Buying Goods and Services
Facebook Icon to Share Blogs
LinkedIn Icon to Share Blogs

Buying Goods and Services

The new lecturer felt that he was getting the gist of the teaching and learning process and now wished to talk more about the financial aspects of running the school with his mentor and former lecturer, who is now the Head of the new lecturer’s department.

Scarce resources

Over a coffee, the Head said that an organisation has scarce resources including money, people, plant and equipment - and information. He stressed that these need to be used optimally to achieve the objectives in the school’s strategic plan.


How not to do it

The Head wanted to illustrate the need to properly use scarce resources. He spoke about a colleague who sub-optimally purchased (called “procured”) equipment. He said that the senior professor in the science faculty wanted an expensive machine to assist with research, but the procurement department would not allow the purchase because they said it was bigger than what was required, not as good as others, the warranty was poor, and the cost was excessive.

The professor would not take no for an answer and dealt directly with the overseas manufacturer, purchased the item in the name of the school, and agreed to full payment upfront, with nothing said as to a warranty and no agreement to delivery date. The school had to make the payment and when the machine arrived after numerous delays, it was not fully operational and there was no warranty. The professor was severely sanctioned for this breach of procurement policy as it was not in the best interests of the school.

Procurement policy

The Head continued by stating that when goods and services are bought from outside the organisation the buyer needs to think “strategically”. For example, a purchase needs to benefit the organisation in the longer run, and this is often a far more important goal than just the lowest price. He said that the procurer needs to ask whether this purchase “makes commercial sense”, and that the above equipment purchase did not make commercial sense.

Value for money (VFM)

The new lecturer remembered reading about the concept of “value for money”, or VFM. His mentor said that VFM normally underpins procurement. It is the achievement of a desired procurement outcome at the best possible price—not necessarily the lowest price. This is based on a balanced judgment of financial and non-financial factors relevant to the procurement over the life of the procurement, called the total cost of ownership or “TCO”. The Head reiterated that based on the concept of VFM, including TCO, the above equipment purchase should never have occurred.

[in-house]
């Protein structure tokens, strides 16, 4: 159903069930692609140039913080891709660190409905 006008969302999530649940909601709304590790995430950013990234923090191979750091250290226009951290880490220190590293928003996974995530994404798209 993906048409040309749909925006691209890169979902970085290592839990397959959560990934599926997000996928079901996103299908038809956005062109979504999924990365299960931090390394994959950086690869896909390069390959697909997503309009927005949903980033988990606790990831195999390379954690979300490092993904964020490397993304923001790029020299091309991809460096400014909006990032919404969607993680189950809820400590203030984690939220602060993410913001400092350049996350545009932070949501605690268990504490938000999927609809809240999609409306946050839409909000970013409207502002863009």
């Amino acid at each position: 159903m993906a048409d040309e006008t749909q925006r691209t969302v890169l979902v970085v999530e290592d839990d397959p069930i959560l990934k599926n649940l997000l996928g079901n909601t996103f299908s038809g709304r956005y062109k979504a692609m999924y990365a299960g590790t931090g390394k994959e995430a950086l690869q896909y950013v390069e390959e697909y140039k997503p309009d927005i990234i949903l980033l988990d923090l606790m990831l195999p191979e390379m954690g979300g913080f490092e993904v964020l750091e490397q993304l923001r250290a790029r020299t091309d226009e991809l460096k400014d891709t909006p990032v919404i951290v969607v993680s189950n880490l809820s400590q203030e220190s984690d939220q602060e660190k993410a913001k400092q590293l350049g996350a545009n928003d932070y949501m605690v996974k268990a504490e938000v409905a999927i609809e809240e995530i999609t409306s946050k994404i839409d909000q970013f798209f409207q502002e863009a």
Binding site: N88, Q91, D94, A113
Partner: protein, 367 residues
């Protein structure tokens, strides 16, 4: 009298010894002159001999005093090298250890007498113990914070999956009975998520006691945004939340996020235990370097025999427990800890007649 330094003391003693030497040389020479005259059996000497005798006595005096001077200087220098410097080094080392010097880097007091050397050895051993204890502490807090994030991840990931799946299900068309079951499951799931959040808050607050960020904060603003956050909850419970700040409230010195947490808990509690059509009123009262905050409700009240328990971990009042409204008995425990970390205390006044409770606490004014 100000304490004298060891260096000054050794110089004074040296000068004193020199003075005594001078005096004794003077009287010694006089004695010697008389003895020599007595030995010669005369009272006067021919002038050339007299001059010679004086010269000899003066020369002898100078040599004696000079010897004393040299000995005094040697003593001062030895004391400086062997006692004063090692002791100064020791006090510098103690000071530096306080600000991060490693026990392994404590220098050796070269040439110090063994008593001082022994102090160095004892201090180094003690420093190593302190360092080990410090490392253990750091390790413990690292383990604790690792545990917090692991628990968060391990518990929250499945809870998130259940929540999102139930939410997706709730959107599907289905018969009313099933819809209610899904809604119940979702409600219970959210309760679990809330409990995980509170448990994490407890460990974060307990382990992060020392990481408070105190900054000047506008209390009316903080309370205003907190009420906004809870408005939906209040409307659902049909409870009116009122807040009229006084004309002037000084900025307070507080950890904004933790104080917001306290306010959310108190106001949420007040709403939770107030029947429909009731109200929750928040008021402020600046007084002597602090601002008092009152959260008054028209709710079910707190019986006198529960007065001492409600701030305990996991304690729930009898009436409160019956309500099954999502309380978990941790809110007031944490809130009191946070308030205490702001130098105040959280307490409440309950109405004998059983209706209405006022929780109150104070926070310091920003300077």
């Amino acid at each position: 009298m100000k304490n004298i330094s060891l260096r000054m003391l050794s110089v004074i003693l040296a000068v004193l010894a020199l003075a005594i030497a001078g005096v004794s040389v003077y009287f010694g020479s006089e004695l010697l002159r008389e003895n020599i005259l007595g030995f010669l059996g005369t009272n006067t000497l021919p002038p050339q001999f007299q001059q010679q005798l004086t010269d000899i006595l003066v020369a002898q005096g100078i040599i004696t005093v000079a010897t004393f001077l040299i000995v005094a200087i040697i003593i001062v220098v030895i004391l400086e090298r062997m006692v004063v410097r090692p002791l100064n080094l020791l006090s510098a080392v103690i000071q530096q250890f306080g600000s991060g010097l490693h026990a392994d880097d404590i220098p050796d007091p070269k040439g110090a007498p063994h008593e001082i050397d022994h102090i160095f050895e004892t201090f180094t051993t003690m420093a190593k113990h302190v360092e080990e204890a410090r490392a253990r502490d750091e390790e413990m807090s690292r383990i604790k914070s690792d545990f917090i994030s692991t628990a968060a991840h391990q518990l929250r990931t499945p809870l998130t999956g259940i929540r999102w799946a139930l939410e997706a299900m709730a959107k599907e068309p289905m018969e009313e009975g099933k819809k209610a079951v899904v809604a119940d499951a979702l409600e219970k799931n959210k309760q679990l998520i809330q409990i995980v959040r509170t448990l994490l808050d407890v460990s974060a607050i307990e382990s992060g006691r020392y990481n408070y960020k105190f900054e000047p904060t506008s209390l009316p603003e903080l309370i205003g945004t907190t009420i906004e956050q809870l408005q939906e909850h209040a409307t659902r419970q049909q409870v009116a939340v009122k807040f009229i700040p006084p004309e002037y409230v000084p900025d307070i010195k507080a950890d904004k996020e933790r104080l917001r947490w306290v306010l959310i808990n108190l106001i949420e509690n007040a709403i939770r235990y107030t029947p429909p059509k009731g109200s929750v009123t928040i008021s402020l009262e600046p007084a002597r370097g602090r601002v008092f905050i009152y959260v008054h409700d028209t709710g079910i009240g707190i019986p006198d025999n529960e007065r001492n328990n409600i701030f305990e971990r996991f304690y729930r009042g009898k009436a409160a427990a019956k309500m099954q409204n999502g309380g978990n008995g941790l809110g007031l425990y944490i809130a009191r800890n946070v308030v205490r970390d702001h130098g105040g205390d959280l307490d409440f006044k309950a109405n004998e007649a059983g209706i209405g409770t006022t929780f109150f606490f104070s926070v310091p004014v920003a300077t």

The Head said that an easy way to consider procurement of goods and services was that the deliverables need to be Delivered In-Full, On-Time and Accurately (or “DIFOTA”). He said that from a DIFOTA viewpoint, the above purchase was clearly a failure.

The lifecycle of a contract

The Head said that one should take a holistic view of the contracting process. He said that like a human’s “cradle to grave” lifecycle, where risks can be predicted depending on the phase, a contract can also be seen to have a life cycle and risks can be predicted. He said that his preferred lifecycle version was that there are three phases. The first is procurement, this is the buying phase, and includes everything leading up to signing the contract, or “award”. The middle phase is the management of the contract's deliverables, with this phase called “contract management” and the final phase is attending to matters after delivery and includes warranty, ownership of intellectual property, and confidentiality.

What to remember

The Head reiterated that a procurer needs to consider the concept of value for money, the total cost of ownership, DIFOTA and the lifecycle of a contract. He concluded by giving an overarching comment, that if the procurement does not make commercial sense, then the purchase should not proceed.

Associate Professor Cyril Jankoff is Associate Dean, Scholarship (UBSS) and a member of the GCA compliance directorate.